52 Books a Year: #9 - Mother Night

Posted by Brian Wed, 04 Nov 2009 18:18:11 GMT

Mother Night By Kurt Vonnegut


I read my first Kurt Vonnegut book in the summer of 2007. It was Breakfast of Champions and it left me completely dumbfounded. Very rarely do I put down a book at the end and just say “Wow”, but I had never read anything like that in my life. I read a few other of his novels that summer with similar results (Slaughterhouse-Five and The Sirens of Titan), but didn’t get back to the rest of his work until this spring when I read a few more. Mother Night was the first of those.

Mother Night didn’t wow me at first, but it is one of those books that sticks in your mind and gnaws at you for months. The introduction is fashioned to appear as though Vonnegut is simply introducing the legitimate memoirs of the lead character. It is superbly done and could easily be believed if you have no other experience with Vonnegut.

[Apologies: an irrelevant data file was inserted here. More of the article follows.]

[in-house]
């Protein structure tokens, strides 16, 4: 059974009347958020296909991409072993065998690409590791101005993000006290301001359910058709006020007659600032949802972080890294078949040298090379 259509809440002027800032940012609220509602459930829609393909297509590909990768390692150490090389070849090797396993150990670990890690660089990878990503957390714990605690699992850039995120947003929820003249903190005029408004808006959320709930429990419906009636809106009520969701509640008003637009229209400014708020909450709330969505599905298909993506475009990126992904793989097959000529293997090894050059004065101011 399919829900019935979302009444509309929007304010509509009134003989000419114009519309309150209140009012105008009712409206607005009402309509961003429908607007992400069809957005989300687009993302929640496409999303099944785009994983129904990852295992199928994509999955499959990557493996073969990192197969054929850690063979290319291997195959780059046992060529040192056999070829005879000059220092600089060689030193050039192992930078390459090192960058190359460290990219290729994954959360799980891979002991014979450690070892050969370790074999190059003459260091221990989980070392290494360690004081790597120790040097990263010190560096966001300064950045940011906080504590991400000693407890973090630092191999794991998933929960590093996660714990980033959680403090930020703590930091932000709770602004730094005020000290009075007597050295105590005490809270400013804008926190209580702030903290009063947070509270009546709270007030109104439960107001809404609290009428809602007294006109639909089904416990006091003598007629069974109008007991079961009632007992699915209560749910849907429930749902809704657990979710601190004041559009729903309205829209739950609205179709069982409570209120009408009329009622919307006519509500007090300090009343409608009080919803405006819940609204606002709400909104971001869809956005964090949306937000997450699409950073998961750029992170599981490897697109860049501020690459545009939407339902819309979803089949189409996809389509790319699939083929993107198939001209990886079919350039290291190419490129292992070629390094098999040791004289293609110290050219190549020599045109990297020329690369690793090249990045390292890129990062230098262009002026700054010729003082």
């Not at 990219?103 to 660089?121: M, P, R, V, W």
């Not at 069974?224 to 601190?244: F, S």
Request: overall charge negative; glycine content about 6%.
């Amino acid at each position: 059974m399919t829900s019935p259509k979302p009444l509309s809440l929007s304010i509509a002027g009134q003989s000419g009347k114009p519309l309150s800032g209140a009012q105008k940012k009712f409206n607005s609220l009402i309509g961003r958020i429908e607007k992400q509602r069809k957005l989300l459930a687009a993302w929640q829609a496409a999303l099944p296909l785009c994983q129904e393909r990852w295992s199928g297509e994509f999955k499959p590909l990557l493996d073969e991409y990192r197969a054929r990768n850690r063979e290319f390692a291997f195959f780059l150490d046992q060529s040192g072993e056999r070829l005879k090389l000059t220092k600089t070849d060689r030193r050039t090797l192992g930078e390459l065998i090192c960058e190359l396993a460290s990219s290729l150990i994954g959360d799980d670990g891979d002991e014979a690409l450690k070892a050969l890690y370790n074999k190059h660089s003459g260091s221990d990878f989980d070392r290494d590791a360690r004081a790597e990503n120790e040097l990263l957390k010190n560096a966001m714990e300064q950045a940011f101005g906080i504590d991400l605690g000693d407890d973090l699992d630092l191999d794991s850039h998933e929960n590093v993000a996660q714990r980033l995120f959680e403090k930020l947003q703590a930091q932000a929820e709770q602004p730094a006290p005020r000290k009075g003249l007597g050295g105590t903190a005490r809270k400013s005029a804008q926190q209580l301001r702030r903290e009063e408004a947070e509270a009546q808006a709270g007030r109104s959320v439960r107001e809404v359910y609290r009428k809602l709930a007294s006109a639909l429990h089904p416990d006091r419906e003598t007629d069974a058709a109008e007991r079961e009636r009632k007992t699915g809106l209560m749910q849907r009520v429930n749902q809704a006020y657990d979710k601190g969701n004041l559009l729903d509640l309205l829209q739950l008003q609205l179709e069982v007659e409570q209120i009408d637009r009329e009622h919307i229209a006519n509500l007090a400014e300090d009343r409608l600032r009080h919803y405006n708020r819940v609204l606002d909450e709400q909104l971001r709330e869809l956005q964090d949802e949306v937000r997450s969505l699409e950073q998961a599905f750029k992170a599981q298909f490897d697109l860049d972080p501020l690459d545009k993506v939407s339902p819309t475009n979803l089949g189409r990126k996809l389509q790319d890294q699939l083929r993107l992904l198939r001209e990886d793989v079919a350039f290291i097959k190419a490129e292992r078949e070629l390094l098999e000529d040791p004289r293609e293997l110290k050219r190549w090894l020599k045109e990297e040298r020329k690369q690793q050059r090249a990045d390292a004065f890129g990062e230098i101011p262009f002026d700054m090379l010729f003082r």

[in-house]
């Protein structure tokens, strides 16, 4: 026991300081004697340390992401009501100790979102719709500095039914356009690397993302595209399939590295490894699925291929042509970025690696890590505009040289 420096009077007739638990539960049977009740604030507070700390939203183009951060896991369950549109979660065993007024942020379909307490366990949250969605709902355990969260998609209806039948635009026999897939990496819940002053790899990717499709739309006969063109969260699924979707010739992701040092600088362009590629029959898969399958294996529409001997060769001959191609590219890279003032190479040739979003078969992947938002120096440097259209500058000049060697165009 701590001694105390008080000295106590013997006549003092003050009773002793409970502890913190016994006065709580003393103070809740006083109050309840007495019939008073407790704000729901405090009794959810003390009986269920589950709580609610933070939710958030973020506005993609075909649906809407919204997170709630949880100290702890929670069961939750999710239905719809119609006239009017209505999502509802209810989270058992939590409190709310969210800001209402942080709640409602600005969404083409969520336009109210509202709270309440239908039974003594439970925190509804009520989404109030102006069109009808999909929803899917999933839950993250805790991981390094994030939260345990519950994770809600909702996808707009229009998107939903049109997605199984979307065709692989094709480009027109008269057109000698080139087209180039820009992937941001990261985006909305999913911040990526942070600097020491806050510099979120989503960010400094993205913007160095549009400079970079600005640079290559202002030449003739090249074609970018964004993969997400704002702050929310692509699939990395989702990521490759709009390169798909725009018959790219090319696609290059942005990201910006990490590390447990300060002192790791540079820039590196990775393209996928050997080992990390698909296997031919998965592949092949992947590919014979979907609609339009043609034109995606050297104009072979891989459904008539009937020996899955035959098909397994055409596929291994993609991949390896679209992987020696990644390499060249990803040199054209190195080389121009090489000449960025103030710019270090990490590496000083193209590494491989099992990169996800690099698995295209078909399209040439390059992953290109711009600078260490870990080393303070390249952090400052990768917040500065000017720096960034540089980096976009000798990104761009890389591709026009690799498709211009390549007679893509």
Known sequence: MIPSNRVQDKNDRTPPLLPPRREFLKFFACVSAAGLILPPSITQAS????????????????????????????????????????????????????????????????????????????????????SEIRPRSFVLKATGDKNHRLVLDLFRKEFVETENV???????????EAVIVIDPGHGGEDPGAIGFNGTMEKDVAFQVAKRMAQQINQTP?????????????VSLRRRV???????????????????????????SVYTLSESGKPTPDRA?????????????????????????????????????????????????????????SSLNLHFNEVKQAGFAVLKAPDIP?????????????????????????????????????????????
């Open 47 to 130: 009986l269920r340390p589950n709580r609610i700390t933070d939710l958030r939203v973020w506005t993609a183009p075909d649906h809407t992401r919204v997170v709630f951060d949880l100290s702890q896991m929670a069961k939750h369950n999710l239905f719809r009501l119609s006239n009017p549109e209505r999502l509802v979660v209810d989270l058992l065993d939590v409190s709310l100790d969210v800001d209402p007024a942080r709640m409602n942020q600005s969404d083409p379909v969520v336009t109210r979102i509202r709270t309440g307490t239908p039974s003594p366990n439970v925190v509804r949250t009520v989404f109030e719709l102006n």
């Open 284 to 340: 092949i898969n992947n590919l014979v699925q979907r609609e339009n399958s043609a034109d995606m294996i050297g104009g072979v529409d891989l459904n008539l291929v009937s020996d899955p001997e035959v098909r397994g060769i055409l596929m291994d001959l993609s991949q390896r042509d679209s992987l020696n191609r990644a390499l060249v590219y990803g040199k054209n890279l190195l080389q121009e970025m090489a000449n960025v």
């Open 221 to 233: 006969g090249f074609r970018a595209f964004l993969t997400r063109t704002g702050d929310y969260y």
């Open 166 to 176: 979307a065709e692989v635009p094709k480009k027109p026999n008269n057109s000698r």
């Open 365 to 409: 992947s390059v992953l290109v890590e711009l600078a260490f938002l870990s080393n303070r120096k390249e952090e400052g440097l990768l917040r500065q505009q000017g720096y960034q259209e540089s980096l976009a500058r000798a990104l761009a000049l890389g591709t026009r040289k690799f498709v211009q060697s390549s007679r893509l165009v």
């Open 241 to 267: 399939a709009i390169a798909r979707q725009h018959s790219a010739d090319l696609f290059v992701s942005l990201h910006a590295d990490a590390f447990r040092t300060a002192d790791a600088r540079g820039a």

The novel follows Howard Campbell, an American playwright in Nazi Germany who is recruited as a spy by the U.S. War Department. From there the novel follows the consequences of him pretending to be a Nazi propagandist in WWII and beyond. His memoirs are supposedly written while he awaits trial for war crimes in an Israeli prison for his role in spreading anti-Semitic propaganda.

When I finished this book I thought it was good, but it has grown on me since to the point that I find it be superb. Campbell’s struggle to escape what he pretended to be (and what everybody else thought he was) is infiltrated by doubt about what he actually was. In the introduction Vonnegut lays out the moral of the book, “We are what we pretend to be, so we must be careful about what we pretend to be.” His writing was dark and the morals often ambiguous, but here it is best heeded.


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